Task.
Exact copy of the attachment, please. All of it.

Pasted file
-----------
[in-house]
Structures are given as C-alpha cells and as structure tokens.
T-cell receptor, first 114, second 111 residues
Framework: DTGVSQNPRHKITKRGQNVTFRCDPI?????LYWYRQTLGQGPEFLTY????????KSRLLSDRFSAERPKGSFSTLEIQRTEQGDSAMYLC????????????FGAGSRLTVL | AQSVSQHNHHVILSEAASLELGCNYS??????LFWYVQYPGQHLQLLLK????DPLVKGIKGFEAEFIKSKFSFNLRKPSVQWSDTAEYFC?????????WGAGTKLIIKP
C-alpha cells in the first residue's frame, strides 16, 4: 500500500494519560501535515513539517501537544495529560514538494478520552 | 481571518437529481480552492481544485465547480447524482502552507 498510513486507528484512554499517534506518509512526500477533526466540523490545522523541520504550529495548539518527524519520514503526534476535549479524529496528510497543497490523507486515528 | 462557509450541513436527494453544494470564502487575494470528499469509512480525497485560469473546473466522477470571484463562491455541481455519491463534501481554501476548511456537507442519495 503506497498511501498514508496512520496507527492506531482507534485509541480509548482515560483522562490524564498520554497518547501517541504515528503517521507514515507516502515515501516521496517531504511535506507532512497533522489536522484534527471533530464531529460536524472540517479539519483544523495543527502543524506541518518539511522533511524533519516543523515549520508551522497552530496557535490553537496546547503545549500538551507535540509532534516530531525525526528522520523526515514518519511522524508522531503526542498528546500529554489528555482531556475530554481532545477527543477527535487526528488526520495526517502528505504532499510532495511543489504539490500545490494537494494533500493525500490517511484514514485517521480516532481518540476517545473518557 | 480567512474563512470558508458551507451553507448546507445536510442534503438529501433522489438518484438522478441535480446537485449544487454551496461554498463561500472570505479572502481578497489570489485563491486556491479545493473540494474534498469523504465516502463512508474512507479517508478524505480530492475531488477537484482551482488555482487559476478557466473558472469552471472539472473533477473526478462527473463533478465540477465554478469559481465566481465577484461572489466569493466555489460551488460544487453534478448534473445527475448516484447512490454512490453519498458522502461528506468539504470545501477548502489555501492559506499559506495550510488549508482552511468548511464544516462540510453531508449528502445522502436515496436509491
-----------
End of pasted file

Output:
[in-house]
Structures are given as C-alpha cells and as structure tokens.
T-cell receptor, first 114, second 111 residues
Framework: DTGVSQNPRHKITKRGQNVTFRCDPI?????LYWYRQTLGQGPEFLTY????????KSRLLSDRFSAERPKGSFSTLEIQRTEQGDSAMYLC????????????FGAGSRLTVL | AQSVSQHNHHVILSEAASLELGCNYS??????LFWYVQYPGQHLQLLLK????DPLVKGIKGFEAEFIKSKFSFNLRKPSVQWSDTAEYFC?????????WGAGTKLIIKP
C-alpha cells in the first residue's frame, strides 16, 4: 500500500494519560501535515513539517501537544495529560514538494478520552 | 481571518437529481480552492481544485465547480447524482502552507 498510513486507528484512554499517534506518509512526500477533526466540523490545522523541520504550529495548539518527524519520514503526534476535549479524529496528510497543497490523507486515528 | 462557509450541513436527494453544494470564502487575494470528499469509512480525497485560469473546473466522477470571484463562491455541481455519491463534501481554501476548511456537507442519495 503506497498511501498514508496512520496507527492506531482507534485509541480509548482515560483522562490524564498520554497518547501517541504515528503517521507514515507516502515515501516521496517531504511535506507532512497533522489536522484534527471533530464531529460536524472540517479539519483544523495543527502543524506541518518539511522533511524533519516543523515549520508551522497552530496557535490553537496546547503545549500538551507535540509532534516530531525525526528522520523526515514518519511522524508522531503526542498528546500529554489528555482531556475530554481532545477527543477527535487526528488526520495526517502528505504532499510532495511543489504539490500545490494537494494533500493525500490517511484514514485517521480516532481518540476517545473518557 | 480567512474563512470558508458551507451553507448546507445536510442534503438529501433522489438518484438522478441535480446537485449544487454551496461554498463561500472570505479572502481578497489570489485563491486556491479545493473540494474534498469523504465516502463512508474512507479517508478524505480530492475531488477537484482551482488555482487559476478557466473558472469552471472539472473533477473526478462527473463533478465540477465554478469559481465566481465577484461572489466569493466555489460551488460544487453534478448534473445527475448516484447512490454512490453519498458522502461528506468539504470545501477548502489555501492559506499559506495550510488549508482552511468548511464544516462540510453531508449528502445522502436515496436509491